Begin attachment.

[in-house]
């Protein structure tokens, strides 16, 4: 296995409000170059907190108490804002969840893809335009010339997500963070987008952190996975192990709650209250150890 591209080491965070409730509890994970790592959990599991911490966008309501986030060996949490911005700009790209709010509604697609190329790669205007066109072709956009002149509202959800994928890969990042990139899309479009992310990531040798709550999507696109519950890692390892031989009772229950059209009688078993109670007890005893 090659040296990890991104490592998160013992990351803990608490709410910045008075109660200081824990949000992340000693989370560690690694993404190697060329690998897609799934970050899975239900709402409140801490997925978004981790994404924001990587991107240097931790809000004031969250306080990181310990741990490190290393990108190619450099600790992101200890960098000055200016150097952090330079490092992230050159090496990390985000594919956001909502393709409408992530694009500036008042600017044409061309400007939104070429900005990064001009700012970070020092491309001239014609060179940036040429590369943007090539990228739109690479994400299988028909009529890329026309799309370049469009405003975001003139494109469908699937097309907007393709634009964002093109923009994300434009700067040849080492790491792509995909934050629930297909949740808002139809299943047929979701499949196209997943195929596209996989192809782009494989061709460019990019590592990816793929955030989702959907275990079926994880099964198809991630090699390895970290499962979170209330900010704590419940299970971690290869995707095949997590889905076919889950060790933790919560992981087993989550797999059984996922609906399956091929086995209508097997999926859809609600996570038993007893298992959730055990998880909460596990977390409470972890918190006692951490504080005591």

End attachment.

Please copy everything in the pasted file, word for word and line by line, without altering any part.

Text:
[in-house]
């Protein structure tokens, strides 16, 4: 296995409000170059907190108490804002969840893809335009010339997500963070987008952190996975192990709650209250150890 591209080491965070409730509890994970790592959990599991911490966008309501986030060996949490911005700009790209709010509604697609190329790669205007066109072709956009002149509202959800994928890969990042990139899309479009992310990531040798709550999507696109519950890692390892031989009772229950059209009688078993109670007890005893 090659040296990890991104490592998160013992990351803990608490709410910045008075109660200081824990949000992340000693989370560690690694993404190697060329690998897609799934970050899975239900709402409140801490997925978004981790994404924001990587991107240097931790809000004031969250306080990181310990741990490190290393990108190619450099600790992101200890960098000055200016150097952090330079490092992230050159090496990390985000594919956001909502393709409408992530694009500036008042600017044409061309400007939104070429900005990064001009700012970070020092491309001239014609060179940036040429590369943007090539990228739109690479994400299988028909009529890329026309799309370049469009405003975001003139494109469908699937097309907007393709634009964002093109923009994300434009700067040849080492790491792509995909934050629930297909949740808002139809299943047929979701499949196209997943195929596209996989192809782009494989061709460019990019590592990816793929955030989702959907275990079926994880099964198809991630090699390895970290499962979170209330900010704590419940299970971690290869995707095949997590889905076919889950060790933790919560992981087993989550797999059984996922609906399956091929086995209508097997999926859809609600996570038993007893298992959730055990998880909460596990977390409470972890918190006692951490504080005591």